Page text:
Efforts to eradicate pesky fire ants from Port Botany in NSW have gone digital.
Primary industries minister Katrina Hodgkinson has launched a $9.8 million Biosecurity Information Management System to use data to protect markets as part of the state government’s Agriculture Industry Action Plan.
The system will be used for the first time to fight the red imported fire ant problem at Port Botany.
“The team on the ground at the Local Control Centre have been the first to engage the State’s new $9.8 million Biosecurity Information Management System (BIS) during a full scale biosecurity emergency response,” Hodgkinson said.
“The new cloud-based system was developed to enhance the State’s capacity to deal with biosecurity threats and emergencies. It geospatially tracks surveillance teams, minimises duplication and data entry time, and has been particularly valuable for mapping the extensive surveillance carried out following the red fire ant detection.”
The new system enables teams to log real-time data, including images so staff in labs can stay up-to-date with the situation on the ground. Having access to more data also enables additional resources to be deployed quickly if required, Hodgkinson said.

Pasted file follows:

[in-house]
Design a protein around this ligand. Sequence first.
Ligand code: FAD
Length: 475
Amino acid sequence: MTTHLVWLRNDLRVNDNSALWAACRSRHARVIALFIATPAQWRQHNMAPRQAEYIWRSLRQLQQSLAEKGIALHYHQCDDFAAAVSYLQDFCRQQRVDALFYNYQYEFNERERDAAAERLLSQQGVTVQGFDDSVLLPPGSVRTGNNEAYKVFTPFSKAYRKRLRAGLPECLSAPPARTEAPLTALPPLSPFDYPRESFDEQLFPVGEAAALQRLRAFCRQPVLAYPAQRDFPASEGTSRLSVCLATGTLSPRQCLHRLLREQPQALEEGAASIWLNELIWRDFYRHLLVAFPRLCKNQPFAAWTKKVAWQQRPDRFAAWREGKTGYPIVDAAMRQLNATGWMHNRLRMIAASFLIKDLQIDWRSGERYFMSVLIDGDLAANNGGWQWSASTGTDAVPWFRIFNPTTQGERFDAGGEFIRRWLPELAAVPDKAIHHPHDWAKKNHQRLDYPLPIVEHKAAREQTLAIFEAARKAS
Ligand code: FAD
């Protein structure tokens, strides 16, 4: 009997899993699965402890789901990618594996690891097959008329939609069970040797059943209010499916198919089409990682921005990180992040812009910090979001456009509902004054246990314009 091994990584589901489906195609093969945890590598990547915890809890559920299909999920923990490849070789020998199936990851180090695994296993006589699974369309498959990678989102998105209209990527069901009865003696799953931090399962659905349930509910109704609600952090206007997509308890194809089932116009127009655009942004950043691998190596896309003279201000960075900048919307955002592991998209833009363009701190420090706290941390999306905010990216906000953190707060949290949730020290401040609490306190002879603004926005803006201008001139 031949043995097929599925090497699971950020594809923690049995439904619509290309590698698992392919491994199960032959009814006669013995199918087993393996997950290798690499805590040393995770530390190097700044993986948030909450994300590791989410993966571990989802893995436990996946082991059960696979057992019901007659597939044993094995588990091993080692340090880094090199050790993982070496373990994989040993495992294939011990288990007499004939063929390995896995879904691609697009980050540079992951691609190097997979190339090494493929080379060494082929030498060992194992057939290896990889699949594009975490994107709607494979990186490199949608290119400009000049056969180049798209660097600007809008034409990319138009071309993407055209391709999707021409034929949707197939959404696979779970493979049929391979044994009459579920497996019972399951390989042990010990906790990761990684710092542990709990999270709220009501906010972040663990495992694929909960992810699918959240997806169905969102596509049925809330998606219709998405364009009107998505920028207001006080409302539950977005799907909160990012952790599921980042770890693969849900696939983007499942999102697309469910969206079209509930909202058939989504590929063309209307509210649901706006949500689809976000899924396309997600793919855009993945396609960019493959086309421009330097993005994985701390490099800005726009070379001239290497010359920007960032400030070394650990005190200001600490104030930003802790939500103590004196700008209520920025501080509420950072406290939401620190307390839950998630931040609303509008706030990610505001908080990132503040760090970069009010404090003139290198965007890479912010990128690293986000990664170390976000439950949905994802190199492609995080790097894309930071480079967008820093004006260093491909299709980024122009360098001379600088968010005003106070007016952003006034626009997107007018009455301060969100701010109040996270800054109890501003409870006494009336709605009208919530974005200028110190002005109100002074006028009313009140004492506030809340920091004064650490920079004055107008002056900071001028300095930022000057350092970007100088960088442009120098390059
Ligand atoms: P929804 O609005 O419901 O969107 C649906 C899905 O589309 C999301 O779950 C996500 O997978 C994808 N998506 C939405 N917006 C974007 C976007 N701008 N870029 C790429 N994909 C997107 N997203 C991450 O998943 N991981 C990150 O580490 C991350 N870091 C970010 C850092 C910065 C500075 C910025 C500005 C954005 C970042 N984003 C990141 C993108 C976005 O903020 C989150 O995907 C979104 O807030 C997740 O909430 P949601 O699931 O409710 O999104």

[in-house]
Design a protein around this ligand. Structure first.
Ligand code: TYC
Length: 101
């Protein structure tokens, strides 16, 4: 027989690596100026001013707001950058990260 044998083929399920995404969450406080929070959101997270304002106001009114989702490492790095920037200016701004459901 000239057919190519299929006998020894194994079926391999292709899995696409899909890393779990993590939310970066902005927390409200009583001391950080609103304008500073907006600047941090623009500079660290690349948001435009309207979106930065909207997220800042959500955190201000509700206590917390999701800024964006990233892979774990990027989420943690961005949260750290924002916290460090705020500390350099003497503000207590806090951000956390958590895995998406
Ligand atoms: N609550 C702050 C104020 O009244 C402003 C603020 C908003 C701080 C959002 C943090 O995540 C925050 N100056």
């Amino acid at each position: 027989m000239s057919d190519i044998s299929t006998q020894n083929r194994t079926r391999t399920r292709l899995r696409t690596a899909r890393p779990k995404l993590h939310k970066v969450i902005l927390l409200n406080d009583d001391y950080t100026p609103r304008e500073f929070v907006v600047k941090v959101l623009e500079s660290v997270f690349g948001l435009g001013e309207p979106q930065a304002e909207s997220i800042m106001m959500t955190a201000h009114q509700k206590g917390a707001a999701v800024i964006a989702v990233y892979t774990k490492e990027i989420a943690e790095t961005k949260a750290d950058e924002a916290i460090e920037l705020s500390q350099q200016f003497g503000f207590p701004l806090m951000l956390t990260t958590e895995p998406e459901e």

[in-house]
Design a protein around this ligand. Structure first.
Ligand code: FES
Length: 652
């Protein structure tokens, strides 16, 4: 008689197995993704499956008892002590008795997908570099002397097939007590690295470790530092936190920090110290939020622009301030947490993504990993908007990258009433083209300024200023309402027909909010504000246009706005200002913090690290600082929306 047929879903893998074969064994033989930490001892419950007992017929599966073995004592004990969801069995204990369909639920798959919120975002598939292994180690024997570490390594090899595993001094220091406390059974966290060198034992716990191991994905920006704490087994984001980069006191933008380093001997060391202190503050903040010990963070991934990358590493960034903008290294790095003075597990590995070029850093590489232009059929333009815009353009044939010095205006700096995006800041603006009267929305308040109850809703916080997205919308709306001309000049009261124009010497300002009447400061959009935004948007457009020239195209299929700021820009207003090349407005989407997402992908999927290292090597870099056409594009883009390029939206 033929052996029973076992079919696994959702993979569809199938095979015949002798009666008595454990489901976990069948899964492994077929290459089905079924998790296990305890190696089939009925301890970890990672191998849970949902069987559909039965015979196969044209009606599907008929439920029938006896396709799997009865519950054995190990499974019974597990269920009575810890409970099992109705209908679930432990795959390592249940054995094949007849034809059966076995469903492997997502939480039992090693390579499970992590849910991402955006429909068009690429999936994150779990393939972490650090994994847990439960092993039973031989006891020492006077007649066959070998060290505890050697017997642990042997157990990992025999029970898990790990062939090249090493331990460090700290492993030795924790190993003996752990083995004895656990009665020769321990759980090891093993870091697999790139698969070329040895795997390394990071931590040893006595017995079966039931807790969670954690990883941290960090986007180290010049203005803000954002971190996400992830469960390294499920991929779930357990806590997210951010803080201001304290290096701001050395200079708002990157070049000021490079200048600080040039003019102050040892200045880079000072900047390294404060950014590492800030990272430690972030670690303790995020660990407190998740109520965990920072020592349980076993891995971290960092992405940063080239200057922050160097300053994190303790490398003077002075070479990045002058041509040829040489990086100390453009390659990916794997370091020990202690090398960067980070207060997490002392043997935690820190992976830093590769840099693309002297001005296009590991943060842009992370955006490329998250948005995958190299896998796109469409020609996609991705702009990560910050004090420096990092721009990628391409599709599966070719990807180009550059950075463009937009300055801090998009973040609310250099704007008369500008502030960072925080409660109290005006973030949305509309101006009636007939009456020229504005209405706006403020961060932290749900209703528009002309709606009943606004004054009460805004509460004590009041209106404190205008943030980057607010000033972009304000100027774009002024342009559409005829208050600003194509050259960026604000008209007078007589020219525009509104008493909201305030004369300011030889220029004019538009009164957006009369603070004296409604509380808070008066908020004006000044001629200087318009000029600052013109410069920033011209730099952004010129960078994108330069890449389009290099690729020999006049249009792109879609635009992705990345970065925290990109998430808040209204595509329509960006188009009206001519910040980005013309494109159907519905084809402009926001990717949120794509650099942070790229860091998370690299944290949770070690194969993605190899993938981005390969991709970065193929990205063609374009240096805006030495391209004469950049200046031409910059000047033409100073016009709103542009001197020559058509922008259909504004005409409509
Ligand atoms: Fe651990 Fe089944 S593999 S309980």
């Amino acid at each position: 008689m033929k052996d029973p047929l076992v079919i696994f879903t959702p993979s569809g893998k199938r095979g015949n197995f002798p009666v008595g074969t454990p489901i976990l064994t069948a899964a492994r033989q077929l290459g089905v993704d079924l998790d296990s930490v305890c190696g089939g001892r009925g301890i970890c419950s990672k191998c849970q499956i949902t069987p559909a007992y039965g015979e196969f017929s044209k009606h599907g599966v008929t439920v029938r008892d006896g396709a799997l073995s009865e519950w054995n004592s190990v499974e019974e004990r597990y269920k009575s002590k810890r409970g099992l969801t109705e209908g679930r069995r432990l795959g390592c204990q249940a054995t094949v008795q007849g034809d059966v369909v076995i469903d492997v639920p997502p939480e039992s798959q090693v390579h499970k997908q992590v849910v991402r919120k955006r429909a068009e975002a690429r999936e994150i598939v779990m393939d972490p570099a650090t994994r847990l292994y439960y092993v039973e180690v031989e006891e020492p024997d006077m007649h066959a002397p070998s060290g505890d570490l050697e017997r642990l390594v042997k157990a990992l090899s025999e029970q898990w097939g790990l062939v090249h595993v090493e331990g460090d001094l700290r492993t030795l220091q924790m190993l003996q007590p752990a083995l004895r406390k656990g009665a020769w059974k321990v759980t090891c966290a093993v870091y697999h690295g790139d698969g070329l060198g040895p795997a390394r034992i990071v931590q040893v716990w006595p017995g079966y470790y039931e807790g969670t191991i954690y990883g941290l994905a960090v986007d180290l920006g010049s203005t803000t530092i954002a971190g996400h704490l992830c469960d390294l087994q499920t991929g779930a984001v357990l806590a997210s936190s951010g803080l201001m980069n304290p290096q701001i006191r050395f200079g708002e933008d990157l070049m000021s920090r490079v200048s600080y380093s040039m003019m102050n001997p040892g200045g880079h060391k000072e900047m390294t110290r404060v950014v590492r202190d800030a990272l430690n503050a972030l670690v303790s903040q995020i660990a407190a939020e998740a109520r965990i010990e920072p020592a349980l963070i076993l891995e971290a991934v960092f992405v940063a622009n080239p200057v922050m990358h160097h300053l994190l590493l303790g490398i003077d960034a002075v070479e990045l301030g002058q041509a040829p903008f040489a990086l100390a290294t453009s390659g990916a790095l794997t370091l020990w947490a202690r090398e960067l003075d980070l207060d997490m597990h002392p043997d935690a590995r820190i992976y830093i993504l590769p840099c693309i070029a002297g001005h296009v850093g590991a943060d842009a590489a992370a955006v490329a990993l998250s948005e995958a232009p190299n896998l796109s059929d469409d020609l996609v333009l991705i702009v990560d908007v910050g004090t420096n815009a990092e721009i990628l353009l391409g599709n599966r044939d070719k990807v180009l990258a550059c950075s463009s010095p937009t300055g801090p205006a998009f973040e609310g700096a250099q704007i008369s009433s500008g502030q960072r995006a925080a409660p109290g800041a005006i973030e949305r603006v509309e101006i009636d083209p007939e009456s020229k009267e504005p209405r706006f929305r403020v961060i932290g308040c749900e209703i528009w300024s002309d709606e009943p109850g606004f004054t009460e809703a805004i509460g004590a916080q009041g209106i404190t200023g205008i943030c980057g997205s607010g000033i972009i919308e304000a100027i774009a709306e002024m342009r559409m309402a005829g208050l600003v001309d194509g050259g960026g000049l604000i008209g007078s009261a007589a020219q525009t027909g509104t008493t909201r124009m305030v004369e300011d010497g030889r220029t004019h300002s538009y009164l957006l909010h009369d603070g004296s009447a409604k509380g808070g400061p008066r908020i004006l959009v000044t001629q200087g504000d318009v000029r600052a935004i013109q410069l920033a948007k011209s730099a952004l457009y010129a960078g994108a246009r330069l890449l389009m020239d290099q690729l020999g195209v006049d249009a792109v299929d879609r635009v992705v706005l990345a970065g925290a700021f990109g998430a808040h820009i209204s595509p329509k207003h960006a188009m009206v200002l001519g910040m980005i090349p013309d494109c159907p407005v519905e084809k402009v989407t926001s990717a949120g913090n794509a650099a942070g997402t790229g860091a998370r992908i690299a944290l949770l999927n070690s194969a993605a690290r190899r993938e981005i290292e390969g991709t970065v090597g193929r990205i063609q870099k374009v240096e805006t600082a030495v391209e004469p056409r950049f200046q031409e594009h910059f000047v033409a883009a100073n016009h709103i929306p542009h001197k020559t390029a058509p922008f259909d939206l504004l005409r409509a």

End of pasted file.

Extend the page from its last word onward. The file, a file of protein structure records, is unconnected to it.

“It has exceeded our expectations and while it is being used successfully in daily operations by the Department of Primary Industries, its full potential and benefits are realised during an emergency response,” she said.
“NSW is driving and developing this technology, and already our colleagues in Queensland have expressed interest in modelling their system on ours.”
Local residents have also been helpful in the fight against the ant pest which was first discovered at the port late last year.
“We have received over 350 calls to the Exotic Plant Pest Hotline with people reporting suspicious ants, which have thankfully been assessed to be negative for fire ants,” Hodgkinson said.
“While it appears that the detection is isolated to the one site, it is crucial that people remain vigilant and experts will be carrying out the next round of targeted baiting treatment at the detection site this week.”
Baiting is underway across more than 100ha of land this week to eradicate the species.
“Experts from Queensland Department of Agriculture, Fisheries and Forestry will be on hand carrying out this latest round of specialised baiting,” she said.
“Following this week’s baiting activity, the Local Control Centre will stand down, but the Department will continue to work with Local Land Services to monitor the situation at Port Botany. They’ll investigate any reports of suspect ants and conduct further rounds of baiting.
“A full Local Control Centre will be reopened in June to resource another extensive residential and port surveillance campaign later this year.”
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